New York - Once the hunter, now the hunted, Andy Murray is braced for an all-out assault on his US Open title from rejuvenated Rafael Nadal and world number one Novak Djokovic.
Murray ended Britain's 76-year wait for a Grand Slam men's champion by triumphing in New York in 2012 and backed it up with his historic Wimbledon victory this year, the first by a British man since Fred Perry in 1936.
The Scot beat Djokovic to win the US Open 12 months ago and repeated the dose against the Serb at the All England Club six weeks ago.
But it is Nadal, rather than Djokovic, who is tipped to win a second title in New York, to add to his 2010 victory, and clinch a 13th career major.
The 27-year-old Spaniard missed the 2012 tournament as he rested his troublesome knees, part of a seven-month injury lay-off which stretched from the second round at Wimbledon to Vina del Mar in Chile in February.
Since his return Nadal has racked up nine titles, including five Masters, and boasts a win-loss record of 53-3.
His only blip was a first round trauma at Wimbledon, his bitter-sweet relationship with grass courts rekindled far too quickly after the draining march to an eighth French Open just two weeks earlier.
Nadal's title in Cincinnati last weekend followed victory in Montreal - the last man to clinch that double was Andy Roddick in 2003 who also went on to claim the US Open.
"It's a nice feeling to arrive to the US Open with two victories in two very difficult tournaments," said Nadal, never one to get too far ahead of himself.
"And it is nice to arrive there knowing that, if I am able to keep continuing, keep playing like this, hopefully, I have the chance to have a good result."
Nadal has supplanted Murray as world number two since Cincinnati after finding himself relegated to five when he reappeared in Chile.
Murray's post-Wimbledon party has fallen flat in recent weeks with a third round loss to Ernests Gulbis in Montreal followed by a quarter-final exit to Tomas Berdych in Cincinnati.
But Murray, 26, has been here before - 12 months ago, he arrived in New York having suffered third round defeats in both Toronto and Cincinnati.
"The things I need to do well - serving, returning, moving - that was good," said Murray after his loss last week to the ever-dangerous Berdych.
Djokovic heads for New York with the focus squarely on Nadal as well as the worrying decline of Roger Federer.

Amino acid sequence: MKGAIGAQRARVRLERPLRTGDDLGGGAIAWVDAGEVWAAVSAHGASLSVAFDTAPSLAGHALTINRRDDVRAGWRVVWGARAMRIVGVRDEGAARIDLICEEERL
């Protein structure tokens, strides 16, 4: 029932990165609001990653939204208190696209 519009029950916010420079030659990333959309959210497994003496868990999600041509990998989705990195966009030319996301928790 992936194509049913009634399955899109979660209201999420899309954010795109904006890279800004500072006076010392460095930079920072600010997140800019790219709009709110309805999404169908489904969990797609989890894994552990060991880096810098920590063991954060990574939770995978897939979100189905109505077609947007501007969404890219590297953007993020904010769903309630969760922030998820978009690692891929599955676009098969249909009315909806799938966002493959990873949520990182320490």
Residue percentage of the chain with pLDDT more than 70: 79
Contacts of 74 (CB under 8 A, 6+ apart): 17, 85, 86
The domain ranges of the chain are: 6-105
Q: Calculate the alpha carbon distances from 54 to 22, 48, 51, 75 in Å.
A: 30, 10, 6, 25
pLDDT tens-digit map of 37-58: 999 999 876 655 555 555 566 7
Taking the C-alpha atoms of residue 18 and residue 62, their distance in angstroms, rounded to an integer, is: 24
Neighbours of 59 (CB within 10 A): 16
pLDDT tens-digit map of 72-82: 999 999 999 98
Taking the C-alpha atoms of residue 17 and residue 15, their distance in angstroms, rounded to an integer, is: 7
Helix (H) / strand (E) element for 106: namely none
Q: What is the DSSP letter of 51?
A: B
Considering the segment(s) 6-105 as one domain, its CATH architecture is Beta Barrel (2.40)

The Serb, who beat Murray to retain his Australian Open title this year, came agonisingly close to ending Nadal's French Open domination in an epic Paris semi-final before being out-played by Murray in the Wimbledon final.
But the 26-year-old has made the US Open final in each of the last three years and is desperate to put behind him his quarter-final loss to John Isner in Cincinnati, a performance he described as "terrible".
Djokovic,the 2011 US Open winner, is also keen to play down talk of how he and Murray - who have won seven of the last 11 majors - now hold the keys to the Grand Slam door.
"Hopefully that rivalry can develop over the years, but it's still not the biggest rivalry we have in sports. Out of all the active players, it's Federer and Nadal," said Djokovic, a loser in five sets to Murray in New York last year.
Federer heads into his 14th US Open at seven in the world, his lowest ranking for 11 years.
The 17-time major winner has already been defeated 11 times in 2013, including a second-round loss at Wimbledon which ended his record of 36 successive Grand Slam quarter-final appearances.
In his desperation to stem the decline, the 32-year-old made the curious decision to play two low-profile clay-court events after Wimbledon and even briefly experimented with a bigger racquet.
A five-time US Open champion, Federer's last final appearance in the city was in 2009 where he was defeated by Juan Martin Del Potro.
But despite his slump, the Swiss star believes he can still be a factor at the Grand Slams, a belief buoyed by having taken a set off Nadal in his Cincinnati quarter-final defeat and the easing of a summer-long back problem.
"I know my body's fine and my mind's OK, so that's two good things looking ahead," he said.